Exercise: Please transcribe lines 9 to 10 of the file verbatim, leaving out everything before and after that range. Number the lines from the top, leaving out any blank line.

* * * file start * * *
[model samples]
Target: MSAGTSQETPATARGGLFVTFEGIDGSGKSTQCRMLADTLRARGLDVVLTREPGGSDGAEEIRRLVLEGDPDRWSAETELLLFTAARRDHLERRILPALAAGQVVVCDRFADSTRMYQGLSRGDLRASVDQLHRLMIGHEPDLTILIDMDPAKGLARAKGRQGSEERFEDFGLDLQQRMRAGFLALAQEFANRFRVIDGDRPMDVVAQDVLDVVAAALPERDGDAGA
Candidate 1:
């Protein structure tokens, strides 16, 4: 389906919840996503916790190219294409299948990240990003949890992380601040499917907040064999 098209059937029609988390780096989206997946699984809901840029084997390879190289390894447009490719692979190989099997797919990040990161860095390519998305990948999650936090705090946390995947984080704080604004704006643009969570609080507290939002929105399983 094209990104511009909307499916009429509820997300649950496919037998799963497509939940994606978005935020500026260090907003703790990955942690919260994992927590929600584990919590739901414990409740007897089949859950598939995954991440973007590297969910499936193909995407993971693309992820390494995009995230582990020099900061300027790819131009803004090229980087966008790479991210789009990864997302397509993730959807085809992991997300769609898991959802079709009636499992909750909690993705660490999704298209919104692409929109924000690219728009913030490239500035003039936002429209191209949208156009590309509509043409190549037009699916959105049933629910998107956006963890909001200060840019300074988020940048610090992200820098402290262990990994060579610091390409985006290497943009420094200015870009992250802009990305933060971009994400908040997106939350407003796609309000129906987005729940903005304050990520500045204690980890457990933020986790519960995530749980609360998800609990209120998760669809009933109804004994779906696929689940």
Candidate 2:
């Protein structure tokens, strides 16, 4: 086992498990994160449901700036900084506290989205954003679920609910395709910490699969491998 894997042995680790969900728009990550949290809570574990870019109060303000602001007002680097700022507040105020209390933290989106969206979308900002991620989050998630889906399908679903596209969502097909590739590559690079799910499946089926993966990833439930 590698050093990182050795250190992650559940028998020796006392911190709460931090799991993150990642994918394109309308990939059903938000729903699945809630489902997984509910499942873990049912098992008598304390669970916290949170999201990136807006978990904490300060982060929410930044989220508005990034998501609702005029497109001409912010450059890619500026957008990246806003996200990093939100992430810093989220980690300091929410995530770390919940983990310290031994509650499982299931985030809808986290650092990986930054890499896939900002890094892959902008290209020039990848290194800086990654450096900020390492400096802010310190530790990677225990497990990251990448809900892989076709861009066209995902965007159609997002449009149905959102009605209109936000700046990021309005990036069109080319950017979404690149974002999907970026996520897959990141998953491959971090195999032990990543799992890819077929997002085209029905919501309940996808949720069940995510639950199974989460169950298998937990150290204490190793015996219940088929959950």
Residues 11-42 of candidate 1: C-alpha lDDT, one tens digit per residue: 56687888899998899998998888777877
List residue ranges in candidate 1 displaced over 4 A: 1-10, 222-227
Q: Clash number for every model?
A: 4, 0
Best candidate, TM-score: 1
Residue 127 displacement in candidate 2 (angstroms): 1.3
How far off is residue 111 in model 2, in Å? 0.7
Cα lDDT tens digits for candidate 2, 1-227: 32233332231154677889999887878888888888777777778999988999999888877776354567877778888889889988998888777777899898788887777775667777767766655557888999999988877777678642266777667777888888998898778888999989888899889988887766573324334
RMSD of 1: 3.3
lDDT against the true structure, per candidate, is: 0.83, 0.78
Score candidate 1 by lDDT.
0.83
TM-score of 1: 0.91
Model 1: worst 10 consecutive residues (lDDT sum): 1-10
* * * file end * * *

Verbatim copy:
Q: Clash number for every model?
A: 4, 0